GST Is On the Block
GST's problems came fully to light Tuesday, when it unveiled its quarterly financials. Among other things, the report showed a net loss of $26.4 million for the first quarter. With cash on hand of less than $20 million ($16.8 million in cash and cash equivalents, plus a restricted cash balance of $3.4 million), things don't look good. In fact, the ailing CLEC may have less than three months to live in its present form.
Overall revenue for the quarter was $64.7 million, just a 4 percent improvement over last quarter, and 12 percent over the same quarter last year. And sale of new fiber facilities were down to $9 million from $16.2 million the previous quarter. In a corporate release, company officials said they were exploring possible protection under bankruptcy laws if the company runs out of money before finding a potential buyer or new financing.
In the wake of the news, GST's share price fell to a record low of $0.53 on May 11. (The price of shares have fallen steadily since March 15, when the issue was trading at $9.25.) On Friday, May 12, shares recovered $0.19 to close at $0.72. GST is among a handful of so-called next-generation carriers considered part of the advance guard of the emerging optical Internet. However, GST's troubles may be sending a signal about the risks of the aggressive expansion of carrier networks. GST has led the charge in putting much optical networking equipment into trials. Led by acting CTO Ben Peek, GST was the first carrier to put an all-optical subsystem from Optical Micro-Machines Inc. http://www.omminc.com into its live network (see Startup To Upstage Xros on All-Optical Switches). It has a multimillion-dollar agreement with Mayan Networks Inc. http://www.mayannetworks.com, whose gear will be rolled out networkwide by fall (if there's still a network!). GST also was early to trial optical gear from Avici Systems http://www.avici.com and Ciena Corp. http://www.ciena.com.
GST isn't the only alternative carrier facing depressing numbers. In its quarterly statement May 2, Williams Communications http://www.williamscommunications.com reported a mere 14 percent increase in revenue, and stated that it was in the red more than $1 billion. The loss included a loss to Earnings Before Interest, Taxes, Depreciation, and Amortization (EBITDA) of $14.5 million, plus a "loss before a change in accounting principle" of $96.2 million.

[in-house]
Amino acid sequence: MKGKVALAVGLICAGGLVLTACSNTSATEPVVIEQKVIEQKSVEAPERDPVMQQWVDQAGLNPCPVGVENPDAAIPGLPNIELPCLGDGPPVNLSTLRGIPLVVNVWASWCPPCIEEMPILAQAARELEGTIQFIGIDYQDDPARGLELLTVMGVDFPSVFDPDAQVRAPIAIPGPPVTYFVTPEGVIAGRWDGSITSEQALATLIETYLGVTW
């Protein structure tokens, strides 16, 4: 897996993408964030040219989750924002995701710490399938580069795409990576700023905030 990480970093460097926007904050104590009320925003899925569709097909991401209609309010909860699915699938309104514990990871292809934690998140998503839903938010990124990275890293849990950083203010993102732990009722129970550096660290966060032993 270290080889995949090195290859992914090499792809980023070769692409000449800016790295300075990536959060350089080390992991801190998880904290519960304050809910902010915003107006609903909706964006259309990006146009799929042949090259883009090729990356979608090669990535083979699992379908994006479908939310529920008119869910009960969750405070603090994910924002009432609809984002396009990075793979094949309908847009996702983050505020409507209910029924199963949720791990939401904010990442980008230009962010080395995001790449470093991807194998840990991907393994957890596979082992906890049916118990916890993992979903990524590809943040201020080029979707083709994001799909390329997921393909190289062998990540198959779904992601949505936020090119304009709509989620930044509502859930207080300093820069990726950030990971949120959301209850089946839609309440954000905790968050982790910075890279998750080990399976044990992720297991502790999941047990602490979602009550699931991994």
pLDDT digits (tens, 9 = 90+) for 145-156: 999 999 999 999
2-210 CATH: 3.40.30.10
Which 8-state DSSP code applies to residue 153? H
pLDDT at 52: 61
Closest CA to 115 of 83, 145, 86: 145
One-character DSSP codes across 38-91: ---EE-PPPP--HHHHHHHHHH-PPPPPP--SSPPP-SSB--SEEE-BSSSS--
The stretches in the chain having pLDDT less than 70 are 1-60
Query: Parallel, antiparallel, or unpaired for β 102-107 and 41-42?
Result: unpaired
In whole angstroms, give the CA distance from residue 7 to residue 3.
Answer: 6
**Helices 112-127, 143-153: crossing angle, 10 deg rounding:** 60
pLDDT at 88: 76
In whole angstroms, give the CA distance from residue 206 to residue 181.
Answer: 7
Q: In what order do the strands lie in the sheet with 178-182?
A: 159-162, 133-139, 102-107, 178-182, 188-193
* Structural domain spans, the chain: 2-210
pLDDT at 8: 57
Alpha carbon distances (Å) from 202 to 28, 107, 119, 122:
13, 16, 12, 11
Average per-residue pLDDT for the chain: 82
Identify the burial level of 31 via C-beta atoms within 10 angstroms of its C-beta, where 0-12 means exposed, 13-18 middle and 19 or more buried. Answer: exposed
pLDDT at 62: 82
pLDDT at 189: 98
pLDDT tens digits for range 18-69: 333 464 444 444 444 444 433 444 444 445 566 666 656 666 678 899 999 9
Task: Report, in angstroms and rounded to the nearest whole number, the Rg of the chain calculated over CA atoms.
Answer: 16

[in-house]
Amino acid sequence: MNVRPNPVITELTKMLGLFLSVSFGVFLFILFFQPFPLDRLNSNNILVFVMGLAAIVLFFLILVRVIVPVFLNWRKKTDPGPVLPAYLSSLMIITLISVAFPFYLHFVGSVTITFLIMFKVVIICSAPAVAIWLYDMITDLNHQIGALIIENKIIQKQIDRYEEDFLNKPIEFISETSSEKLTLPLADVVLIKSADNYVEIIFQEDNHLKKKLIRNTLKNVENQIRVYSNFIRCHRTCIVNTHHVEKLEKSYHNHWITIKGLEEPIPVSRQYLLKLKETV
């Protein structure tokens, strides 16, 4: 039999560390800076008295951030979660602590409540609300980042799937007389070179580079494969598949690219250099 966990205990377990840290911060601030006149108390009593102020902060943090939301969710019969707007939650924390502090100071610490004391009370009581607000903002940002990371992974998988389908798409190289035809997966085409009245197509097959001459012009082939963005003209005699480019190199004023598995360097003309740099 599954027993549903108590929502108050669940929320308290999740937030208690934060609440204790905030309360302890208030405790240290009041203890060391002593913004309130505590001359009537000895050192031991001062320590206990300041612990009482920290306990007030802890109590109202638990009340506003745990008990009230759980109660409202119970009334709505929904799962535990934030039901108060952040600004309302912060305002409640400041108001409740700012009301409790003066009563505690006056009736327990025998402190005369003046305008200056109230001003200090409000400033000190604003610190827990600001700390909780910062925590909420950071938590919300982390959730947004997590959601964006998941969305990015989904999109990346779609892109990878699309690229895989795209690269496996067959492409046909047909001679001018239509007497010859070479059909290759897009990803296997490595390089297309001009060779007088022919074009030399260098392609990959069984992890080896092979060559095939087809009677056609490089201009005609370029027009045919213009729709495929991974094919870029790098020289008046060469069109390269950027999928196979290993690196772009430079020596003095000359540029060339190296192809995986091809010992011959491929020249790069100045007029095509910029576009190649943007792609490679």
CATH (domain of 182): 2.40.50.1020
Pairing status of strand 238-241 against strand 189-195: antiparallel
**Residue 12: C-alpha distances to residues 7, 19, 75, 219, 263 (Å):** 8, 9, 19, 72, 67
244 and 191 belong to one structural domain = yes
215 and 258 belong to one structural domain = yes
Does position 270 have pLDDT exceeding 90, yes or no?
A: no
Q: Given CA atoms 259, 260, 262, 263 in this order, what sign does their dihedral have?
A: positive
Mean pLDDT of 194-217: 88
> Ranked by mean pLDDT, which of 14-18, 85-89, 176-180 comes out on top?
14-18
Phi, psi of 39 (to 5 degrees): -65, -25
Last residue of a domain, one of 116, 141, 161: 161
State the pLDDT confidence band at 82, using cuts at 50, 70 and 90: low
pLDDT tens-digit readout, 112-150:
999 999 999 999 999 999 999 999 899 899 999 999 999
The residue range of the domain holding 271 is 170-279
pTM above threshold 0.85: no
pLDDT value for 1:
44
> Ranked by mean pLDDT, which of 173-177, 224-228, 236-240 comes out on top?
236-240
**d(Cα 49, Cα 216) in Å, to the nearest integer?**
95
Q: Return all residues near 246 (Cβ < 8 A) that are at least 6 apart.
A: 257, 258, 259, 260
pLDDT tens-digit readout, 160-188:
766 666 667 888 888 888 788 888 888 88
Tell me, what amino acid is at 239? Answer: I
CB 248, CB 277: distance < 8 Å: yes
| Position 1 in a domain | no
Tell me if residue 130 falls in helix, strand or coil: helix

GST can't seem to pinpoint the cause of its problems, at least publicly. Topping the list, however, are a series of delays in filling customer orders for network buildouts. Some of these involve other carriers: GST has strong alliances with Williams, to which it sold $62.5 million worth of conduits in June of 1999, and Covad Communications http://www.covad.com, which sells its DSL services in GST's network. Then there's Level 3 Communications http://www.level3.com, with which GST is building networking facilities in the Western U.S.
A GST spokesperson, Scott Clemans, says he has no information on why these and other projects aren't panning out. "I don't know whether there is a problem meeting commitments on our end or whether there's a lack of payment or delays on the customers' part," he says.
Things certainly aren't going as planned: Late last year, GST decided to restructure its business to focus on data and Internet services, reducing its reliance on voice.
And business has gone downhill since then. In January, CEO Joseph A. Basile, Jr., left, followed in March by CFO Dan Trumpush. Both executives declined to give public statements about their reasons for leaving. Basile has since been replaced by Tom Malone (ex-Pick Communications and Cable & Wireless), and Trumpush by Don Bloodworth, formerly of 3Com Corp.) Also in March, GST laid off about 135 workers, for which it had to pay $1.6 million in severance packages.
GST also has been plagued by ongoing lawsuits, many resulting from an unsuccessful attempt by GST directors to invest in a Mexican telecom firm in 1998. While it is not clear how much the litigation has affected GST's balance sheet, it couldn't have helped.
Does GST have a rescuer? Topping the list of possibilities are Covad and Williams. But Covad had no comment on a possible acquisition at press time. And Williams did not return phone calls.
-- by Mary Jander, senior editor, Light Reading http://www.lightreading.com